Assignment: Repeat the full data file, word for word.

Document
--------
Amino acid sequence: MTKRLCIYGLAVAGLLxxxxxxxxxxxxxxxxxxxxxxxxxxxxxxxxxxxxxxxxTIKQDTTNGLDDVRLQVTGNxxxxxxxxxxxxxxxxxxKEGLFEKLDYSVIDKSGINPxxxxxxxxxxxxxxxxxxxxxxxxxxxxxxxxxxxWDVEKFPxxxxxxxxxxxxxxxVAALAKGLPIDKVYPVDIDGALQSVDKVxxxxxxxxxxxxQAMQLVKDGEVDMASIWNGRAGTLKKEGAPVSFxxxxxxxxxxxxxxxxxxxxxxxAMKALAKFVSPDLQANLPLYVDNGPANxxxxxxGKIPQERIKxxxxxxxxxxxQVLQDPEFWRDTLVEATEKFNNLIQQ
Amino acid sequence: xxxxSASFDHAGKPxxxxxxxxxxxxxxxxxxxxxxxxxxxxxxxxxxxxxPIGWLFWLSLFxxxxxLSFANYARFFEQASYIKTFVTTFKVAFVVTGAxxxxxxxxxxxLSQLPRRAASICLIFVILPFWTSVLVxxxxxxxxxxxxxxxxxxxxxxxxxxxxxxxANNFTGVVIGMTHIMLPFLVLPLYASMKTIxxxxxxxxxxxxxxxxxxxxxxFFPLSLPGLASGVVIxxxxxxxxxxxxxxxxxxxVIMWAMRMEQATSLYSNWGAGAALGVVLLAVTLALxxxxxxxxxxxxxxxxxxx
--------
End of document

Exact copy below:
Amino acid sequence: MTKRLCIYGLAVAGLLxxxxxxxxxxxxxxxxxxxxxxxxxxxxxxxxxxxxxxxxTIKQDTTNGLDDVRLQVTGNxxxxxxxxxxxxxxxxxxKEGLFEKLDYSVIDKSGINPxxxxxxxxxxxxxxxxxxxxxxxxxxxxxxxxxxxWDVEKFPxxxxxxxxxxxxxxxVAALAKGLPIDKVYPVDIDGALQSVDKVxxxxxxxxxxxxQAMQLVKDGEVDMASIWNGRAGTLKKEGAPVSFxxxxxxxxxxxxxxxxxxxxxxxAMKALAKFVSPDLQANLPLYVDNGPANxxxxxxGKIPQERIKxxxxxxxxxxxQVLQDPEFWRDTLVEATEKFNNLIQQ
Amino acid sequence: xxxxSASFDHAGKPxxxxxxxxxxxxxxxxxxxxxxxxxxxxxxxxxxxxxPIGWLFWLSLFxxxxxLSFANYARFFEQASYIKTFVTTFKVAFVVTGAxxxxxxxxxxxLSQLPRRAASICLIFVILPFWTSVLVxxxxxxxxxxxxxxxxxxxxxxxxxxxxxxxANNFTGVVIGMTHIMLPFLVLPLYASMKTIxxxxxxxxxxxxxxxxxxxxxxFFPLSLPGLASGVVIxxxxxxxxxxxxxxxxxxxVIMWAMRMEQATSLYSNWGAGAALGVVLLAVTLALxxxxxxxxxxxxxxxxxxx